Students launch food-bank Varsity competition

It is estimated that 100,000 people used a food bank for the first time during the first month of lockdown, and so it is clear that support for local food banks is desperately needed.   

To help satisfy the rising demand, an initiative has been launched by the charity Because We Can, founded by former Lady Margaret Hall Junior Common Room president, Josh Tulloch.

The charity is launching its inaugural Varsity competition called ‘Buy One Give One Free’ (BOGOF), at both Oxford and Cambridge with the winner being the university that collects the most food items for local food banks.   

The concept is simple. When you go shopping, and you are buying something that a food bank also needs, you are simply asked to buy a few additional items. That way, you can donate those items to your local food bank. The competition will last from this Wednesday until the Wednesday of eighth week, so if you are feeling the Christmas spirit early or just want a way to make a concrete, positive difference without spending too much time, this might be the perfect opportunity.

In describing his motivation for starting Because We Can, Josh Tulloch said: “I was homeless for a period of time in my early teens and faced situations of food insecurity. Luckily, I had the support of people, charities, and local councils who looked after me and my family. Many others aren’t so lucky’.

An Economy in Crisis

Data shows the huge strain that is being put on food banks – especially during this unprecedented time of national crisis. A trend of rising food insecurity has only been exacerbated in an economy where GDP shrank by 20.4% in the second quarter of 2020.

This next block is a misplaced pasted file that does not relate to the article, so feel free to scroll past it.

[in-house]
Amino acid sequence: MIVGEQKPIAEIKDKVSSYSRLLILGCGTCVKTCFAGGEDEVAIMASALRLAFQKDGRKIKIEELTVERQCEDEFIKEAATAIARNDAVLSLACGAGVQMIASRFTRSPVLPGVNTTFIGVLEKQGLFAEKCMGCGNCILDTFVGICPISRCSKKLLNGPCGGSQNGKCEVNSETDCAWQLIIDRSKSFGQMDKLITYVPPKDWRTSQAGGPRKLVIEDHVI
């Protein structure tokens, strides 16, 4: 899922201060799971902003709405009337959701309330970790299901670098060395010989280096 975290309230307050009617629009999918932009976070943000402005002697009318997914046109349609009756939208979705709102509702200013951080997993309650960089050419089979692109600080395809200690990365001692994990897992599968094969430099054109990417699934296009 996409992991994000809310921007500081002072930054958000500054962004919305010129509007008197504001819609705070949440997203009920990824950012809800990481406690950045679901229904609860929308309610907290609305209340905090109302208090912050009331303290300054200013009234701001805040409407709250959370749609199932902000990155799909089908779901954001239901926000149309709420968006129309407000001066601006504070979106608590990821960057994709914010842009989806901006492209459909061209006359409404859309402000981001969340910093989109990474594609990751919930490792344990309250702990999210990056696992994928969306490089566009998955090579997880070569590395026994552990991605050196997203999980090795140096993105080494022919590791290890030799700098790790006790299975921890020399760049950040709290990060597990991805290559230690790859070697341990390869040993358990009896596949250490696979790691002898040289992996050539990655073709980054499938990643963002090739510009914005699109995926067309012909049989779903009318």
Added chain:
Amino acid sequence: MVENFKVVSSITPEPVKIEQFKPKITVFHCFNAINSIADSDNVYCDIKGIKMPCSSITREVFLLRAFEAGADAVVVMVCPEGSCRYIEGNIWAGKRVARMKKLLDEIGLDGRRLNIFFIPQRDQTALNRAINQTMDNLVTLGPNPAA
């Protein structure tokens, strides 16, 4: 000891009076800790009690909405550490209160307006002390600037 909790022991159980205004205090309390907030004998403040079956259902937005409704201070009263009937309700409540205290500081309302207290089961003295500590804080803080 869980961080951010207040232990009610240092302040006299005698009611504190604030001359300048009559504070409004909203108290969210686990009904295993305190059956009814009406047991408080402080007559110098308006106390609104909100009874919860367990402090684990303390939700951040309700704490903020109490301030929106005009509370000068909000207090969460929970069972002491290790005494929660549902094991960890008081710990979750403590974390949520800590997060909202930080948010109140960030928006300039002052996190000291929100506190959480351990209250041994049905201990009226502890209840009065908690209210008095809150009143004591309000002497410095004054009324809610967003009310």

The Trussell Trust estimates that covid-19 and lockdown could lead to a 61% overall increase in food bank usage. This comes at a time in the UK when food bank usage has increased by 74% since 2015 with 1.9 million emergency food parcels distributed in 2019 alone. 700,000 of those food parcels went to children. Because We Can founder Josh Tulloch also stated that, “he hopes the initiative inspires more people to tackle social problems they care about, simply because they can. Even if we just have time and energy, we can make a difference’.

Already, 9 colleges from Oxford and the slightly higher number of 11 from Cambridge have heeded the call and signed up for the competition. This, in total, represents 7,500 undergraduates. If students spend a little time and money, this could be a great opportunity for food to be raised for both Oxford and Cambridge’s food banks while fanning the flames of a healthy competitive spirit.

It is, of course, too early to say which university will be the winner of the competition, but one thing is for sure: based on the performance of Because We Can’s food drives in the past, it is sure to be a success. Previously, Because We Can have raised over 11 tonnes of food for food banks in London at their annual food drive.

It remains to be seen whether the charity can manage the same feat in Oxford, and which university will be able to raise the most for their respective communities (though we’d place our bets on Oxford #stt).

Image Credit: Because We Can Facebook